I crossed into Mexico at Brownsville, Texas, early on a Tuesday. As always, I first checked into immigration, and then in aduana (customs). Mexico requires a deposit of $400 for a motorcycle, plus a non-refundable fee of about $40. I paid the deposit on my credit card. It was refunded three days after checking out of mexico.
Customs finishes with a document and a sticker for the bike's windshield. All in, it took me under 90 minutes to check in. That said, I was there first thing in the morning, so it could be much longer midday.
I checked out of Mexico in Tapachula. Here, you have to complete the aduana first, in a station on the highway before Tapachula. One knows where it is by way of the frantically waving locals with homemade badges who direct you towards the station. I arrived at the town after the closing of the office, so I returned first thing in the morning. It took me less than twenty minutes to check out, and I required no assistance. The official gives you a document certifying exit, and removes the sticker from the windshield. I then travelled the twenty kms to the border station.
Unlike the crossing in, this station was full of touts. Indeed, it was rather fitting that the border post was also encircled by a large group of vultures. Still, it was an easy crossing out. All in, Mexico was a breeze.
Guatemala was similarly buzzing with touts, though their badges appeared marginally less official. Embarrassingly, I was ripped off by money changers here. Having let my guard down, I exchanged money with a man who counted the money is his hand, rather than laying down the bills before me. My four rules of exchanging money:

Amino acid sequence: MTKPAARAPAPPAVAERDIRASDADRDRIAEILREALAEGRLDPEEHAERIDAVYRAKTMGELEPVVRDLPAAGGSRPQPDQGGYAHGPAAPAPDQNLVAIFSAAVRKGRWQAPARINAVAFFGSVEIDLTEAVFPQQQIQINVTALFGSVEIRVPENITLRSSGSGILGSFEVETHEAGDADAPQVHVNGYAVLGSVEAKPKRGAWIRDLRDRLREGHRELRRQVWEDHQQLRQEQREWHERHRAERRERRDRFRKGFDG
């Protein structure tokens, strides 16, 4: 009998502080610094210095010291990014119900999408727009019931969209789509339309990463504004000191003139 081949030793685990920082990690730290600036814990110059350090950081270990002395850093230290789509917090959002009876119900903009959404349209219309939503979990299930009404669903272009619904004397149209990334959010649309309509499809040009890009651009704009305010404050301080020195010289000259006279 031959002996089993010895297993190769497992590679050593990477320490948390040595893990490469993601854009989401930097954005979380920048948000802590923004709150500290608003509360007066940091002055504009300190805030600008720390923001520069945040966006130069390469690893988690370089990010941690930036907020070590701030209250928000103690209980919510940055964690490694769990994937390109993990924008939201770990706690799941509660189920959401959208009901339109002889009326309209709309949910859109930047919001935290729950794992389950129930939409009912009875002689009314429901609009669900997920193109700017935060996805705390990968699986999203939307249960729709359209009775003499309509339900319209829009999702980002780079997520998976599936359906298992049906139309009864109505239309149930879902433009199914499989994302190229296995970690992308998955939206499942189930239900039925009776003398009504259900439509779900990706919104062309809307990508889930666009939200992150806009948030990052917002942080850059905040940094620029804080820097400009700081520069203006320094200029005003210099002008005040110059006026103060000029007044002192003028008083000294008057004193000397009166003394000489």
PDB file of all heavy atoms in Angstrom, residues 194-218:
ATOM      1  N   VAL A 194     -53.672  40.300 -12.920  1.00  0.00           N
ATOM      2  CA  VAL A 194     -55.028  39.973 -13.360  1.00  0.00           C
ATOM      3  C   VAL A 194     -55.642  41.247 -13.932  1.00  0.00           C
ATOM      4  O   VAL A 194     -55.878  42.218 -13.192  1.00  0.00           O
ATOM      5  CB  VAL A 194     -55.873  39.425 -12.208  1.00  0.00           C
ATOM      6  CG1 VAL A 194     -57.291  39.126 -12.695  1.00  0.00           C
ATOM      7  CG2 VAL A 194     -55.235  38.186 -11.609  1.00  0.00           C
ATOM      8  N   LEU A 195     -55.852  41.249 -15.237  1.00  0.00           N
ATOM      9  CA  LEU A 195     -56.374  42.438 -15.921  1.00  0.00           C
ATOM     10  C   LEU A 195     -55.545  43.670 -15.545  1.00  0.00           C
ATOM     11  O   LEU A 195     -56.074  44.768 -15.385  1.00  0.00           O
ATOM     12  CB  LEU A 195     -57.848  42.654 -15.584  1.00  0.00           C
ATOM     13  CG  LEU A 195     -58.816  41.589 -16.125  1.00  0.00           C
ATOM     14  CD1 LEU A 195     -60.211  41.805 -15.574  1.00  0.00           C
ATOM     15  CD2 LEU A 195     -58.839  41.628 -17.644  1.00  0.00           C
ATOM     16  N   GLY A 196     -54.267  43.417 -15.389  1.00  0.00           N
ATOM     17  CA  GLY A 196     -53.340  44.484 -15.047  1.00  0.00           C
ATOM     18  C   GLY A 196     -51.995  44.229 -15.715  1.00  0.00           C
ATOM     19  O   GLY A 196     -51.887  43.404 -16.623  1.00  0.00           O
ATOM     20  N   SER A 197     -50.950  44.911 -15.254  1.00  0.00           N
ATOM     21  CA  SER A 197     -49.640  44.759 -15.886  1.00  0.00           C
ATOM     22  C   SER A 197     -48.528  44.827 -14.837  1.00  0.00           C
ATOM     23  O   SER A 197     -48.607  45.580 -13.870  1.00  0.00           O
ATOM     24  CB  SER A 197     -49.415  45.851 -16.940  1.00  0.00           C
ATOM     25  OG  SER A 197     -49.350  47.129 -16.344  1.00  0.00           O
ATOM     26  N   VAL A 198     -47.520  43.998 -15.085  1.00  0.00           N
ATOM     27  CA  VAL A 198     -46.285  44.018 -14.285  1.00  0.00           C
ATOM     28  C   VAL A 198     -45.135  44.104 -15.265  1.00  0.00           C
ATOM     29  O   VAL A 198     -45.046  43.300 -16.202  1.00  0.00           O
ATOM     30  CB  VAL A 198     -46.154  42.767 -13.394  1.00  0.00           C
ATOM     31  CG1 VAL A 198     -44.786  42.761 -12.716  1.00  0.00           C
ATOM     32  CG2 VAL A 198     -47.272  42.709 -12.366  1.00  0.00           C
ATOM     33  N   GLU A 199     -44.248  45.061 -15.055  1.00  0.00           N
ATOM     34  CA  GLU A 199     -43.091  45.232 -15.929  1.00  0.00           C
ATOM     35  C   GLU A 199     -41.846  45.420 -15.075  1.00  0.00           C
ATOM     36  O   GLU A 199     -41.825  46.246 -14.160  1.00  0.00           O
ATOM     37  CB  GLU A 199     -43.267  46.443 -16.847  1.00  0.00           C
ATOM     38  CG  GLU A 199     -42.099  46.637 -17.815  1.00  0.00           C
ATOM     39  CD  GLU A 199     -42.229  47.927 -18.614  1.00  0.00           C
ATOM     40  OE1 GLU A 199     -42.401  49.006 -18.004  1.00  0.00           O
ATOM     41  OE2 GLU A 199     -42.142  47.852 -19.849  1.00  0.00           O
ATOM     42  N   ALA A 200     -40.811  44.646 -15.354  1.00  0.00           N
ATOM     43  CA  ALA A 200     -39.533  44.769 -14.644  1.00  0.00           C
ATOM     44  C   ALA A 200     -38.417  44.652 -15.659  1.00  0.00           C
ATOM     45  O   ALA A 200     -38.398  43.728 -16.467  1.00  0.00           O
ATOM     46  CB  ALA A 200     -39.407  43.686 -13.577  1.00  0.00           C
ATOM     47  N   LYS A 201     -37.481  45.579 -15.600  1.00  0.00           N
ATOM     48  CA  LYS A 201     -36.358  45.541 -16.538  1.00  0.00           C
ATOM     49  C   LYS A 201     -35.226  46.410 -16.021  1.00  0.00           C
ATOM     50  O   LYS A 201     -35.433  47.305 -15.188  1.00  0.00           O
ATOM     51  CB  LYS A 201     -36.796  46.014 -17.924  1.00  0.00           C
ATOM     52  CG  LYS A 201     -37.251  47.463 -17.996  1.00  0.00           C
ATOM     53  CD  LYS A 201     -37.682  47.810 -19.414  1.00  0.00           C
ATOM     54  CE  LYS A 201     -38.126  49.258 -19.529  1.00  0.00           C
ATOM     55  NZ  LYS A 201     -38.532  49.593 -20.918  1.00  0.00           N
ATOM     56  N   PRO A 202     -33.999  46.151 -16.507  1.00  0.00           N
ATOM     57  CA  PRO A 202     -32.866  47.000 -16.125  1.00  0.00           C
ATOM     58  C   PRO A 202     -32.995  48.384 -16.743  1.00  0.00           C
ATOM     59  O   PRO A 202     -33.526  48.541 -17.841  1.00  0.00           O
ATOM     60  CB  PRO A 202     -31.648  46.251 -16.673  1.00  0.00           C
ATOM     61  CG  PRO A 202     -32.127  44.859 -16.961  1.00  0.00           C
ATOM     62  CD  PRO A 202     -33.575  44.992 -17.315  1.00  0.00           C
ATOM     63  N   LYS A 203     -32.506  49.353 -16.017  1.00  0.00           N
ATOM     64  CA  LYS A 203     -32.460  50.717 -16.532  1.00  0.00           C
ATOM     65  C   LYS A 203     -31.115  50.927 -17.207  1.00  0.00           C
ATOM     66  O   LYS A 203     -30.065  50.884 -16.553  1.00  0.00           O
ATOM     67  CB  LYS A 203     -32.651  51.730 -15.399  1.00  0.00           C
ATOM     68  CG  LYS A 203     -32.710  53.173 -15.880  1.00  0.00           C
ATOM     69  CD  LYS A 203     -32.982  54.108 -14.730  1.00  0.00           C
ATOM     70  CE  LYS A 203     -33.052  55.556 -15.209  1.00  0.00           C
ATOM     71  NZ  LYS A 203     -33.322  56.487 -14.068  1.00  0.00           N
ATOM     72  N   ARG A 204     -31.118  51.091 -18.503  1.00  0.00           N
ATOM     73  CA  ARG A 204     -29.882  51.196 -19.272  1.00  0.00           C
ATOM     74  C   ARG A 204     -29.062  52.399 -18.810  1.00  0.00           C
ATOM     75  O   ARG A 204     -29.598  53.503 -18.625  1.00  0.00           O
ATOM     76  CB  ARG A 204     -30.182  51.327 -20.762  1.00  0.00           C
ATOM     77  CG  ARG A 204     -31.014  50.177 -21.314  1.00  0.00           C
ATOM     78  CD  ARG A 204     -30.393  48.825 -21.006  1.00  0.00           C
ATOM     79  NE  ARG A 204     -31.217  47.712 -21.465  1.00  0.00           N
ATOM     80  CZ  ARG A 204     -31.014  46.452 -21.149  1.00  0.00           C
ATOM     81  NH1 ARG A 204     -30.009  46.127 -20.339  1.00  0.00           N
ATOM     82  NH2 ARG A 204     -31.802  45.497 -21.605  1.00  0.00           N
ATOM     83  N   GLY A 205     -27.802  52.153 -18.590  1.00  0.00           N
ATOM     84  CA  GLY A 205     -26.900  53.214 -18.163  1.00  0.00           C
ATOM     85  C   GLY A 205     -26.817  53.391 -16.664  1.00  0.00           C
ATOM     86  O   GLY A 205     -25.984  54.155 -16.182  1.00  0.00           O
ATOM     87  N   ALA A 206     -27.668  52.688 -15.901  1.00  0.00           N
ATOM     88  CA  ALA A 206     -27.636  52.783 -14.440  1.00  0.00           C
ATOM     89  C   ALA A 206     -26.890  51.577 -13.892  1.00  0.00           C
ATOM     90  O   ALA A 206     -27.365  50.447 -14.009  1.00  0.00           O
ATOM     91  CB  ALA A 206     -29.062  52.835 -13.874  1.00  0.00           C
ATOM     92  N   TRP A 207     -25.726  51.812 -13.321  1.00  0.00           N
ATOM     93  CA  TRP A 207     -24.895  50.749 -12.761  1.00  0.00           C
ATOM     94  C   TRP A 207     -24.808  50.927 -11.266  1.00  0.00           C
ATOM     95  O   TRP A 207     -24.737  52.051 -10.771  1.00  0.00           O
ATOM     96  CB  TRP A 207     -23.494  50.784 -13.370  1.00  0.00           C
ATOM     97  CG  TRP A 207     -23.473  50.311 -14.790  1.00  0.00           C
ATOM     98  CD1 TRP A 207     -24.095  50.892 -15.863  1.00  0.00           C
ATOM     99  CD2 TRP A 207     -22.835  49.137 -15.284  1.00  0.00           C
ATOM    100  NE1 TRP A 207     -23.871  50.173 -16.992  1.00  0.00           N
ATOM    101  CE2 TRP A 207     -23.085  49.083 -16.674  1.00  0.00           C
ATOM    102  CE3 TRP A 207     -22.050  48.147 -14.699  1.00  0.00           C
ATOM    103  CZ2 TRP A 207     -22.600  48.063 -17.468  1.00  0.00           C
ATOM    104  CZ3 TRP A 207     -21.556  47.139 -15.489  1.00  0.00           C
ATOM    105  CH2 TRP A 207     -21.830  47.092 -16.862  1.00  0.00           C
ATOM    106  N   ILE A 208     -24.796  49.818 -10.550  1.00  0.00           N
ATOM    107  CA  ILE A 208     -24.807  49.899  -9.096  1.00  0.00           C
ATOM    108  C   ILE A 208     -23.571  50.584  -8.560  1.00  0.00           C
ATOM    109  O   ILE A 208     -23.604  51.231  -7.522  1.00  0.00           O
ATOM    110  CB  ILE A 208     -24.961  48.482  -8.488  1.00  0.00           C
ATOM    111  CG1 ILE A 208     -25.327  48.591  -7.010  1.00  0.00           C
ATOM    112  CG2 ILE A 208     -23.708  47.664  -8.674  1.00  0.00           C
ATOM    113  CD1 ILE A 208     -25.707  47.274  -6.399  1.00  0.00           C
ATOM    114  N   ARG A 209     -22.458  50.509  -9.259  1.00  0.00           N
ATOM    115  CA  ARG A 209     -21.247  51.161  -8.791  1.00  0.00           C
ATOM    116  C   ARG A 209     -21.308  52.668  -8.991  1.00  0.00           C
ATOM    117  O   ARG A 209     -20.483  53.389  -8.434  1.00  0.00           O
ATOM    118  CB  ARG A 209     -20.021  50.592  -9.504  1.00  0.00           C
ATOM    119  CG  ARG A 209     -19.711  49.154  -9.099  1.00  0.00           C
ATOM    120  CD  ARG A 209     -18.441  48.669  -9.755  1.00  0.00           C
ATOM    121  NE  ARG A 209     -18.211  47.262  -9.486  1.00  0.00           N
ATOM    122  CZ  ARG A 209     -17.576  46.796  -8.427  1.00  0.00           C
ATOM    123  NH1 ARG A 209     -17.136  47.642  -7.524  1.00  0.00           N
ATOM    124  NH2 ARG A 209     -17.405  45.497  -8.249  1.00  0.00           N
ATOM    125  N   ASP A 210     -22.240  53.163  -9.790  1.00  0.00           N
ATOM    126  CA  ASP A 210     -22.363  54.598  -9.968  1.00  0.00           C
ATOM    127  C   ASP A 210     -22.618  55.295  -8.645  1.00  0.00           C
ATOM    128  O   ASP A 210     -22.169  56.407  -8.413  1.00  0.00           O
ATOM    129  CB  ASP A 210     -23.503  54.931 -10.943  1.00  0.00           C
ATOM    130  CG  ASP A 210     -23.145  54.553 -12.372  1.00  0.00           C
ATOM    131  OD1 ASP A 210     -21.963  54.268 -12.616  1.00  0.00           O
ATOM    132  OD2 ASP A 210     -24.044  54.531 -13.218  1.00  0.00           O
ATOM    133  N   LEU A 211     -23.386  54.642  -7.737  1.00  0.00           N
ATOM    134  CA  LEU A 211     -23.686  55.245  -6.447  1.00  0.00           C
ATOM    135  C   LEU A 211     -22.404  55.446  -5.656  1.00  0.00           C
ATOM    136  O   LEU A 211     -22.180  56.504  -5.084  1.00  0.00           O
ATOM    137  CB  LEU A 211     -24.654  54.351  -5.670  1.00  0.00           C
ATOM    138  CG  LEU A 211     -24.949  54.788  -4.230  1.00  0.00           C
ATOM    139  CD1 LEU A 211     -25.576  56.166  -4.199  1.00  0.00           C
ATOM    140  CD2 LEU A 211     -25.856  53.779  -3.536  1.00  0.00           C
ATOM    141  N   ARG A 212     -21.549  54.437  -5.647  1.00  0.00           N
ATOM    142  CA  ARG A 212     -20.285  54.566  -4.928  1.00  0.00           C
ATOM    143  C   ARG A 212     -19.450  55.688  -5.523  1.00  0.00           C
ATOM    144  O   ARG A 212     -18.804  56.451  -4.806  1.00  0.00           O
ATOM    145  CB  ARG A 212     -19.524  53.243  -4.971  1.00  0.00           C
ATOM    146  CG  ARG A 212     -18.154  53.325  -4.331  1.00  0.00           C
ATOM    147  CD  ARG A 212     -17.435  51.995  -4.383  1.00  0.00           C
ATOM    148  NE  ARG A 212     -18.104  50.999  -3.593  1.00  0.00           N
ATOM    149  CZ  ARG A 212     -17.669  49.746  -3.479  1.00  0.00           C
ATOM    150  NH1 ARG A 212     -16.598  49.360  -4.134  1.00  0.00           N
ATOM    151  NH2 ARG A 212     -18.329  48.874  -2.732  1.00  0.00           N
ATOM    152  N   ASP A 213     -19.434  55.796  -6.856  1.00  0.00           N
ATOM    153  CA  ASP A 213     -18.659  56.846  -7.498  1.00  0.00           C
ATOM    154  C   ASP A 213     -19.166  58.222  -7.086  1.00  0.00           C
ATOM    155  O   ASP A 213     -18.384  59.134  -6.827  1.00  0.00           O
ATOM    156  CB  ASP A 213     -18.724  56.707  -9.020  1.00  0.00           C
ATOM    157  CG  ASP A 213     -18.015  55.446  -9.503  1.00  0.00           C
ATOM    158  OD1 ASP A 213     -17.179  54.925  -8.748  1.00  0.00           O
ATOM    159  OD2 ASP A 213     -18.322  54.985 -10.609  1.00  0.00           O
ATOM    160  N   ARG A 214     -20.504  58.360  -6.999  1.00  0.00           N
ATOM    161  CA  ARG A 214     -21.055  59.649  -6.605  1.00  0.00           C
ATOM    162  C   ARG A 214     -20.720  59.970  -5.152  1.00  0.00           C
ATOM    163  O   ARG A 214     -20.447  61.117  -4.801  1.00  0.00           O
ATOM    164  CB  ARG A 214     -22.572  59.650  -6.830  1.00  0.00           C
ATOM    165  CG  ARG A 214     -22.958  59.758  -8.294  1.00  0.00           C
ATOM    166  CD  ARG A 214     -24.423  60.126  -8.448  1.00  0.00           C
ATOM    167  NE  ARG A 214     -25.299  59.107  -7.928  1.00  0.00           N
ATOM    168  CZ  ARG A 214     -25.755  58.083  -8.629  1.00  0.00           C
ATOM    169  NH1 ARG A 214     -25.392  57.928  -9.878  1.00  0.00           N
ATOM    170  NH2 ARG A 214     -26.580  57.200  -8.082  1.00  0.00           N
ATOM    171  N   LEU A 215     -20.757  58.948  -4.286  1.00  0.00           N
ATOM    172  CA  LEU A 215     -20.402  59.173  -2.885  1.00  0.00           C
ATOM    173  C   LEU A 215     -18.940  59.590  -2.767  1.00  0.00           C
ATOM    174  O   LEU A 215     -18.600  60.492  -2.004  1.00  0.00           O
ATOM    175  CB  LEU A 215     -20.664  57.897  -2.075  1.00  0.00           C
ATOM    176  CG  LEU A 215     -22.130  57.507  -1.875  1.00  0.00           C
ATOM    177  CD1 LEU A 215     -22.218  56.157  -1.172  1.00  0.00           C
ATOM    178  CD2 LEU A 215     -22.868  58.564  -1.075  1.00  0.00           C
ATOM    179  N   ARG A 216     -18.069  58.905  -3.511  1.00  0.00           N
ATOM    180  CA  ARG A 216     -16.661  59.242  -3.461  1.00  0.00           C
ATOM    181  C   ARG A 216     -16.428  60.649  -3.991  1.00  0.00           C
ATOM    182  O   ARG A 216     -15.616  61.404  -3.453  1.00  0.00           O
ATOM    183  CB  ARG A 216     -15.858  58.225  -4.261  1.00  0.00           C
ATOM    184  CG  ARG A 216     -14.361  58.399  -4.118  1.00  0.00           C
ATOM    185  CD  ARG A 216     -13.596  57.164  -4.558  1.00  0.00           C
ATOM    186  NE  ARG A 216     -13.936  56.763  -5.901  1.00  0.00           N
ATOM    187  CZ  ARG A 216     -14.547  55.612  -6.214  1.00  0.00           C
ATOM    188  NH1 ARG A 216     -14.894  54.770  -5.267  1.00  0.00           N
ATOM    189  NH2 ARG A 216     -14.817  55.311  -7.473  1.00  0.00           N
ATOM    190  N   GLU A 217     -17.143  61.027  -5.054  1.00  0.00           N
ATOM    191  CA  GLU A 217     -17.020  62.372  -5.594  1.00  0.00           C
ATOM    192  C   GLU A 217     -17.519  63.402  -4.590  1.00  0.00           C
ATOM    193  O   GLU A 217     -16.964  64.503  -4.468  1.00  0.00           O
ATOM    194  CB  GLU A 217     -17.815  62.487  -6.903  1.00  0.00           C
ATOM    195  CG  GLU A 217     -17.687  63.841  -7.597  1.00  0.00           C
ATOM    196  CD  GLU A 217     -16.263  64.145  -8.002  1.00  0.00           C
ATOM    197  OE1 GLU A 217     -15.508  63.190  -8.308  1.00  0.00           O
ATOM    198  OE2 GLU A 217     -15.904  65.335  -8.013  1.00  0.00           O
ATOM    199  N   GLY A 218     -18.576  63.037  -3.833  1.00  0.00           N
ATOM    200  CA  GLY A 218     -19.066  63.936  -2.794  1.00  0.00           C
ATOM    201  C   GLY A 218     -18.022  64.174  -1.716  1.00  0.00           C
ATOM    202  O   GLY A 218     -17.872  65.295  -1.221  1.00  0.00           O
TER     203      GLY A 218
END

1. Know the exchange rate and know how much you expect for your money ahead of time.
2. Always insist on money being laid out, bill by bill, in front of you. A bill is only counted sheen it leaves a hand.
3. Hand your own money over only after counting and controlling the new currency.
4. Remember faces.
Guatemala, like Mexico, required a windshield sticker. The total cost was about $15, and was all completed at one window, with the exception of payment, which happens one office over.
When it came time to pay, i was short as a result of the earlier counting scam. So, I left the customs official my title and rode into the nearest town to get money from a cajero.
Customs here were very straightforward, and I required no help. Save the self-imposed time loss, this was less than a one hour process.
I don't recall the exit from Guatemala very well, but I do remember it being rather straightforward.
Entering El Salvador was rather simple. I was stopped on the bridge into the country, and ws made to fill out a form. After doing so, the officer checked my VIN, and then sent me to the aduana office. There, all of my information was entered into a computer by another official. I was given a stamped paper confirming my temporary importation. Following this (contrary to convention), I checked into immigration. Because of an agreement with Guatemala, El Salvador did not stamp my passport. I was then off. The entire process was free. It was slow, but not overly so.
Checking out of El Salvador was unremarkable.
Entering Honduras was the sole time in Central America I made use of an agent. I am not sure I needed his help, but I was pressed for time and wanted to make it to Nicaragua before the border closed, and thus acquiesced. Truth to tell, it just seemed like a lot of running back and forth to the photocopy shop. Otherwise, I think it was rather simple. I imagine one could do this without assistance in under 90 minutes. In total, I paid $16 to import the bike, and $10 to the agent.